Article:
Massive Arrest Campaign Against Arab-Afghans [Archives:2001/39/Front Page]

September 24 2001

The Yemeni security authorities have launched a massive arrest campaign, at the request of Washington, against the Islamic groups in Yemen with the view of getting information on their relations with the Arab Afghans or any extremist Islamic groups.
A senior official source told the Yemen Times that the Yemeni authorities had detained dozens of people at the beginning of this week after suspecting that they might have relations with Osama bin Laden, accused by Washington to be the prime suspect of the terrorist attacks carried out in New York and Washington on September 11, 2001.
On the other hand, Yemen has taken precautionary security measures at the request of the USA, which called on it to cooperate in investigating the attacks by detaining dozens of people and closely monitoring persons coming from or going to Afghanistan.
An officer of the Yemeni police confirmed that the Yemeni authorities have started, since the beginning of last week, enforcing strict measures at Yemeni airports, sea and land outlets, adding that firm instructions have been given to them to arrest any person suspected.
The same source, who requested anonymity, further added that these measures came within a campaign to enhance the state of security in the country by fighting terrorism within the context of the policies Yemen has been adopting for combating terrorism, indicating that the Yemeni authorities carried out a campaign against the so-called Arab-Afghans. Within the same context the source said that Yemen has deported more than 14,000 people who illegally entered the country. “The campaign included the deportation of thousands of Arabs from Egypt, Algeria, Sudan, Libya, Saudi Arabia, and Jordan,” the source said. Similarly, the Yemeni militants who fought in Afghanistan were reintegrated and everyone suspected of taking part in any bombing incidents were tracked down. The source particularly mentioned the so-called Islamic Aden-Abyan Army, headed by Abubakar al-Mihthar, which held captive a group of 16 tourists on December, 1998, leading to the murder of 4 tourists and the arrest of the group’s members after the intervention of the security forces. Al-Mihthar was executed on October, 2000 following his trial in Sana’a.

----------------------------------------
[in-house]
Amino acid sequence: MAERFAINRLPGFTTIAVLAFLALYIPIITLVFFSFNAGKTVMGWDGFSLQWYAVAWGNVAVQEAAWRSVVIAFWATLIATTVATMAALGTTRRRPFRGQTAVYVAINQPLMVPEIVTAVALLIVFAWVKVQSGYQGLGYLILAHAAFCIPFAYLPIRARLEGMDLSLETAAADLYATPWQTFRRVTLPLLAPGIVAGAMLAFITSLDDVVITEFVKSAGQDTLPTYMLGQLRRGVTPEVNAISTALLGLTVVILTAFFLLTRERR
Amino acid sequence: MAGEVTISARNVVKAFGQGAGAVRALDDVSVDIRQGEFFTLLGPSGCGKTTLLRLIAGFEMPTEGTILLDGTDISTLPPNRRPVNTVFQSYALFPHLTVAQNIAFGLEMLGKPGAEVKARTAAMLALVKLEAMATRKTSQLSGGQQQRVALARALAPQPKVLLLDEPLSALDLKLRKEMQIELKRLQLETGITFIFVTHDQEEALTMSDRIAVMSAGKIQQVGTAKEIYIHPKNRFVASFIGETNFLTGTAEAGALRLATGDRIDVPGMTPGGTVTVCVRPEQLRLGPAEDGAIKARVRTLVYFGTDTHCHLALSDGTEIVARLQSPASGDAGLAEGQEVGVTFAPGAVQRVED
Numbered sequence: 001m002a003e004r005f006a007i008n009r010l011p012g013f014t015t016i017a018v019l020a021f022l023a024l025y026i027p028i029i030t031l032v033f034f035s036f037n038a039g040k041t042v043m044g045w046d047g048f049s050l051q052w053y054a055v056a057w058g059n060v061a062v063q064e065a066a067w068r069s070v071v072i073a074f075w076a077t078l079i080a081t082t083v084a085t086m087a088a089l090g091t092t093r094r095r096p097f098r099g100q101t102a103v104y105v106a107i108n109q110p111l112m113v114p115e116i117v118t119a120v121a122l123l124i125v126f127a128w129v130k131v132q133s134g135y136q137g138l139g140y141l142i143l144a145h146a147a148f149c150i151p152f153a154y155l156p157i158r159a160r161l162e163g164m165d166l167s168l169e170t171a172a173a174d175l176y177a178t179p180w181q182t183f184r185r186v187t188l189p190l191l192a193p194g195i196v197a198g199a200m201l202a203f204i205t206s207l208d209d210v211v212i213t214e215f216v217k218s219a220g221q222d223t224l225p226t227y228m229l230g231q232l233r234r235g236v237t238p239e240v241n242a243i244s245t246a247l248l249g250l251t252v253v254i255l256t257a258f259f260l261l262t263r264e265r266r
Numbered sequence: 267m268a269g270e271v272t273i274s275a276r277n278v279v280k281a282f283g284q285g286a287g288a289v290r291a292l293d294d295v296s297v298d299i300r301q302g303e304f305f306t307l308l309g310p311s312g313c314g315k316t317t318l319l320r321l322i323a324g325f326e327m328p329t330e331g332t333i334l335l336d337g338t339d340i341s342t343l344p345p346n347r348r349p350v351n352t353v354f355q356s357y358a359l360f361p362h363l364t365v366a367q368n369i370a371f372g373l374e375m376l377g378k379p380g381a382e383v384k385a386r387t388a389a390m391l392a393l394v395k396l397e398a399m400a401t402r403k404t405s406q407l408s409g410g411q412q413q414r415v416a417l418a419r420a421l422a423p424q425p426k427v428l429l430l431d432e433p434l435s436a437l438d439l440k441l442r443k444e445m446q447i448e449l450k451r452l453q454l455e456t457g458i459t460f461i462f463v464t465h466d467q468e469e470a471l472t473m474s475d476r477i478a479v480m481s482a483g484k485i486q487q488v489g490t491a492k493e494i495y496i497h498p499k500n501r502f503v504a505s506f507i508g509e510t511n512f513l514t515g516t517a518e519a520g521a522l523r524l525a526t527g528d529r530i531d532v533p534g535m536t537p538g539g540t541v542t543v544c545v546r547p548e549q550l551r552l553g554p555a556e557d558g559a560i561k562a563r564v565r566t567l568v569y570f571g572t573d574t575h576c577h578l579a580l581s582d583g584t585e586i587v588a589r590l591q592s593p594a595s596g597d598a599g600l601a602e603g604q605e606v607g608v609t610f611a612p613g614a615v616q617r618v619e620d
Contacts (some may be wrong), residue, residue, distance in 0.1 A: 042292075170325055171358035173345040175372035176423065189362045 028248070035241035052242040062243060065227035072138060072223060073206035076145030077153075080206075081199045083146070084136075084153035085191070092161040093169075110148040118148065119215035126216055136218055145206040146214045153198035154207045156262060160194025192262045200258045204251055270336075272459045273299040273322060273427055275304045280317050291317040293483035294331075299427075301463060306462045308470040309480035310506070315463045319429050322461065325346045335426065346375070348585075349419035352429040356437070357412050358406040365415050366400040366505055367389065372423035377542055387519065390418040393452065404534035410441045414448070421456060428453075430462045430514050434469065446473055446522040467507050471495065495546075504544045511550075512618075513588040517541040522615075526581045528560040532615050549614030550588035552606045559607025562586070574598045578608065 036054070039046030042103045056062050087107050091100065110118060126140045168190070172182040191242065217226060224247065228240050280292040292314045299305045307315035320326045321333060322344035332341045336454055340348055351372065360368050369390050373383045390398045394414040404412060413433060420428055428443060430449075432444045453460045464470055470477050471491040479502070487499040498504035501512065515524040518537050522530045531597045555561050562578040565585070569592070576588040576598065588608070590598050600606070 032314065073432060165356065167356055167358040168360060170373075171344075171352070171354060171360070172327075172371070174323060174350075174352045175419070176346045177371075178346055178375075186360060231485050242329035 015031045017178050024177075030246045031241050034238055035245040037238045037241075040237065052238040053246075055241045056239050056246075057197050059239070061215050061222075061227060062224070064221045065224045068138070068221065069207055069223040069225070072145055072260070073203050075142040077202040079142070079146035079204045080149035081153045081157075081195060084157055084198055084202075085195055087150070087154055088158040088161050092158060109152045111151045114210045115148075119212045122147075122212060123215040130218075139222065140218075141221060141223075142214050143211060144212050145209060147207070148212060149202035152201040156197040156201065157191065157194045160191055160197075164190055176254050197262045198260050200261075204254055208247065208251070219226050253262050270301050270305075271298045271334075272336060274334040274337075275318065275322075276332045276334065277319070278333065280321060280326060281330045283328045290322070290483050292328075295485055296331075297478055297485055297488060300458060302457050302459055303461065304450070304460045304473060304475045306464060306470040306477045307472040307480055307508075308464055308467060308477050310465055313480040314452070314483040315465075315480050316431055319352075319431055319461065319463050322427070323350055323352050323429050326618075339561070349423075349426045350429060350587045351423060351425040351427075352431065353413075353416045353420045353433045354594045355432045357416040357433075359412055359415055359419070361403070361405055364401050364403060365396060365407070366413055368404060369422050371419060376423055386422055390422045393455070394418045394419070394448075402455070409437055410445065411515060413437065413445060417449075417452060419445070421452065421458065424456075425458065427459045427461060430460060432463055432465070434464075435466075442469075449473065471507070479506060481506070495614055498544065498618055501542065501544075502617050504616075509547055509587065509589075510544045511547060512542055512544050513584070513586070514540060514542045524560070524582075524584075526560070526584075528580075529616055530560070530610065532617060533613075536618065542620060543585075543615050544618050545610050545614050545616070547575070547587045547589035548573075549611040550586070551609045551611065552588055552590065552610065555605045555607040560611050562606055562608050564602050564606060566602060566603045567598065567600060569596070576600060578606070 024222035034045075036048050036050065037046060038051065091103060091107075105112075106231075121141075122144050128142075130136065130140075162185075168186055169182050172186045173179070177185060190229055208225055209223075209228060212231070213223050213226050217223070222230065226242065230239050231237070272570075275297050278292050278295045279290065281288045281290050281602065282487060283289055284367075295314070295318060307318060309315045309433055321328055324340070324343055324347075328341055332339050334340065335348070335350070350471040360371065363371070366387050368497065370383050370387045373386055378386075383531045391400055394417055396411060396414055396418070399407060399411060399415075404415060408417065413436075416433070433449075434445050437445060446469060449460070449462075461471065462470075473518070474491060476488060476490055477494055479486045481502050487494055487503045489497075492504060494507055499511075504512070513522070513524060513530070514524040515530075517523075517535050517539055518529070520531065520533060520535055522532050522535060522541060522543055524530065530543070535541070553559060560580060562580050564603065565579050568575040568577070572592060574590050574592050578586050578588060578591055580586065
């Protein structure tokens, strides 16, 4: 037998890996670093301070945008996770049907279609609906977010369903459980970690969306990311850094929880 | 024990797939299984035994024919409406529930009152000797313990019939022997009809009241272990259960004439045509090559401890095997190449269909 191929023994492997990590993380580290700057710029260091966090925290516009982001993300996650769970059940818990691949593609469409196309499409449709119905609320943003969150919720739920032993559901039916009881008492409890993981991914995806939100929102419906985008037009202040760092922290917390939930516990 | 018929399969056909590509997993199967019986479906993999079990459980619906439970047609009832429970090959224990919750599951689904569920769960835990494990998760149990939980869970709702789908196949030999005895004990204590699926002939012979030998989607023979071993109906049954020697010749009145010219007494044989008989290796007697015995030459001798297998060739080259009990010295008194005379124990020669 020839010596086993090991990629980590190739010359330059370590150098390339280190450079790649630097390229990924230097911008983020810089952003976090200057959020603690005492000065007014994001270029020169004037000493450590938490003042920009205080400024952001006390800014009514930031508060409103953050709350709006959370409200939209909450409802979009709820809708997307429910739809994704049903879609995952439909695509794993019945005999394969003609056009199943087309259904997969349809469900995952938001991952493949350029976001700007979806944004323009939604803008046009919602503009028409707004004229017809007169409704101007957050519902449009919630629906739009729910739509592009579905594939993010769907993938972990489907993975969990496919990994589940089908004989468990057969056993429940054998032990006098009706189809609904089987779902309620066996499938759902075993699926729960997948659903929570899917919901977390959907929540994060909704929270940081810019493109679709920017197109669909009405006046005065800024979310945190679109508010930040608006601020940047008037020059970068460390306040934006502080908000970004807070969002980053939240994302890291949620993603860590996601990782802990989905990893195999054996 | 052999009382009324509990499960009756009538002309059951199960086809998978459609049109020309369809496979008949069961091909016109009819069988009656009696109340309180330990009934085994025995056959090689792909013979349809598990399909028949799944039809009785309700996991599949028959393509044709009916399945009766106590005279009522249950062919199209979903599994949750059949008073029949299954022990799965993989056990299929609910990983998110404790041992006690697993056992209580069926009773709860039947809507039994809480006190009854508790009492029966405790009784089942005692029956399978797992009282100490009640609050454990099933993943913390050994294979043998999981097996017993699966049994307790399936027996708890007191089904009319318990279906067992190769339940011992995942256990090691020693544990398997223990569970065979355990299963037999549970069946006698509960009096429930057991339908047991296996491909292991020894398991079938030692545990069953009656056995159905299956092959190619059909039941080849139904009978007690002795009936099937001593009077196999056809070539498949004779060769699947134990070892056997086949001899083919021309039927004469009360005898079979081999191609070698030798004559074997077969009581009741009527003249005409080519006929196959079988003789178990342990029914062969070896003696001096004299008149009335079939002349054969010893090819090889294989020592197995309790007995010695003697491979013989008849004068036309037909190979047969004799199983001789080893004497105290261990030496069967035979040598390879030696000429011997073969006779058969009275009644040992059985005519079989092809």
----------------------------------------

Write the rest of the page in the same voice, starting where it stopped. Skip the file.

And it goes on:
It is obvious that the Yemeni authorities are not concerned about carrying out of any military attack against it by the US within the latter’s campaign against terrorism.
Abu Bakar al-Qirbi, Yemen Foreign Minister, in a press conference ruled out the possibility of carrying out any attack against Yemen. Al-Qirbi noted that Yemen is far from any accusations or suspicions, adding that the Americans are surprised with the news reporting such attacks. In the meanwhile, eight Yemeni opposition parties expressed their deep regret about the attacks carried out against the US, and at the same time, condemned any global alliance that does not rely on a clear definition of terrorism. The Yemeni Socialist Part and the Islah Party called for differentiating between the terrorism of individuals, groups and states, and the struggle of nations against oppression and occupation. The Yemeni opposition parties called on the US to adhere to international laws, respect human rights, and not to adopt a double standard in tackling international issues, adding that the standing of the US can not be achieved by depending merely on arms.